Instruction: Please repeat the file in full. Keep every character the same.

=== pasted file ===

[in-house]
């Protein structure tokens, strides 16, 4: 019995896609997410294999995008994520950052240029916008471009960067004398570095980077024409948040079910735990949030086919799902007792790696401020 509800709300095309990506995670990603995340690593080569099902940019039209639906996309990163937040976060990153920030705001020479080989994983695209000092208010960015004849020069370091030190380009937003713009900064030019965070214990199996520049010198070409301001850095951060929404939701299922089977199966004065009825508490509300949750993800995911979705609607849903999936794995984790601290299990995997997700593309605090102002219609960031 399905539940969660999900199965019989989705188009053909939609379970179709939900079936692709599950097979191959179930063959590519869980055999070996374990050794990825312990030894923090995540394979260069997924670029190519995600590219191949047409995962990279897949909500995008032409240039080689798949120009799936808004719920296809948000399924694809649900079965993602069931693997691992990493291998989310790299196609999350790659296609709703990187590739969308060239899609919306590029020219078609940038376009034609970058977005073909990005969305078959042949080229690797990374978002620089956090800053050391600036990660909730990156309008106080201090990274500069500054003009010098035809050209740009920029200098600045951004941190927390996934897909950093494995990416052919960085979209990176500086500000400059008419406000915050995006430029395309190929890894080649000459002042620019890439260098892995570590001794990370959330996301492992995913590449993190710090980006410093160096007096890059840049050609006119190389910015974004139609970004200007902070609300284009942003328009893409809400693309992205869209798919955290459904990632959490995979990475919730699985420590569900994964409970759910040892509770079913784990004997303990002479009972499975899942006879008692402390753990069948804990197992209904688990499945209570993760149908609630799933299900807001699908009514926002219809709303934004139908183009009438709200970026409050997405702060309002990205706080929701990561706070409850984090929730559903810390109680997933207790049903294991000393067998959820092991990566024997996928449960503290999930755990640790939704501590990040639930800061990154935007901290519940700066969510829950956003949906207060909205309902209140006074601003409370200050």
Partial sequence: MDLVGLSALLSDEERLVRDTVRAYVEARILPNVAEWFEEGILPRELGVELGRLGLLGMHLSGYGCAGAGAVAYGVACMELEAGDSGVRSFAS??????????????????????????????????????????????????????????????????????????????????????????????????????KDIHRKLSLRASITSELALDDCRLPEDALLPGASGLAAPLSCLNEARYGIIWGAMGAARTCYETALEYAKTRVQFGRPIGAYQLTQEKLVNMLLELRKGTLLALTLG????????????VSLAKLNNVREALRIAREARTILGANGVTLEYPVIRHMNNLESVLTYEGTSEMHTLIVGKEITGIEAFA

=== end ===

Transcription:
[in-house]
């Protein structure tokens, strides 16, 4: 019995896609997410294999995008994520950052240029916008471009960067004398570095980077024409948040079910735990949030086919799902007792790696401020 509800709300095309990506995670990603995340690593080569099902940019039209639906996309990163937040976060990153920030705001020479080989994983695209000092208010960015004849020069370091030190380009937003713009900064030019965070214990199996520049010198070409301001850095951060929404939701299922089977199966004065009825508490509300949750993800995911979705609607849903999936794995984790601290299990995997997700593309605090102002219609960031 399905539940969660999900199965019989989705188009053909939609379970179709939900079936692709599950097979191959179930063959590519869980055999070996374990050794990825312990030894923090995540394979260069997924670029190519995600590219191949047409995962990279897949909500995008032409240039080689798949120009799936808004719920296809948000399924694809649900079965993602069931693997691992990493291998989310790299196609999350790659296609709703990187590739969308060239899609919306590029020219078609940038376009034609970058977005073909990005969305078959042949080229690797990374978002620089956090800053050391600036990660909730990156309008106080201090990274500069500054003009010098035809050209740009920029200098600045951004941190927390996934897909950093494995990416052919960085979209990176500086500000400059008419406000915050995006430029395309190929890894080649000459002042620019890439260098892995570590001794990370959330996301492992995913590449993190710090980006410093160096007096890059840049050609006119190389910015974004139609970004200007902070609300284009942003328009893409809400693309992205869209798919955290459904990632959490995979990475919730699985420590569900994964409970759910040892509770079913784990004997303990002479009972499975899942006879008692402390753990069948804990197992209904688990499945209570993760149908609630799933299900807001699908009514926002219809709303934004139908183009009438709200970026409050997405702060309002990205706080929701990561706070409850984090929730559903810390109680997933207790049903294991000393067998959820092991990566024997996928449960503290999930755990640790939704501590990040639930800061990154935007901290519940700066969510829950956003949906207060909205309902209140006074601003409370200050």
Partial sequence: MDLVGLSALLSDEERLVRDTVRAYVEARILPNVAEWFEEGILPRELGVELGRLGLLGMHLSGYGCAGAGAVAYGVACMELEAGDSGVRSFAS??????????????????????????????????????????????????????????????????????????????????????????????????????KDIHRKLSLRASITSELALDDCRLPEDALLPGASGLAAPLSCLNEARYGIIWGAMGAARTCYETALEYAKTRVQFGRPIGAYQLTQEKLVNMLLELRKGTLLALTLG????????????VSLAKLNNVREALRIAREARTILGANGVTLEYPVIRHMNNLESVLTYEGTSEMHTLIVGKEITGIEAFA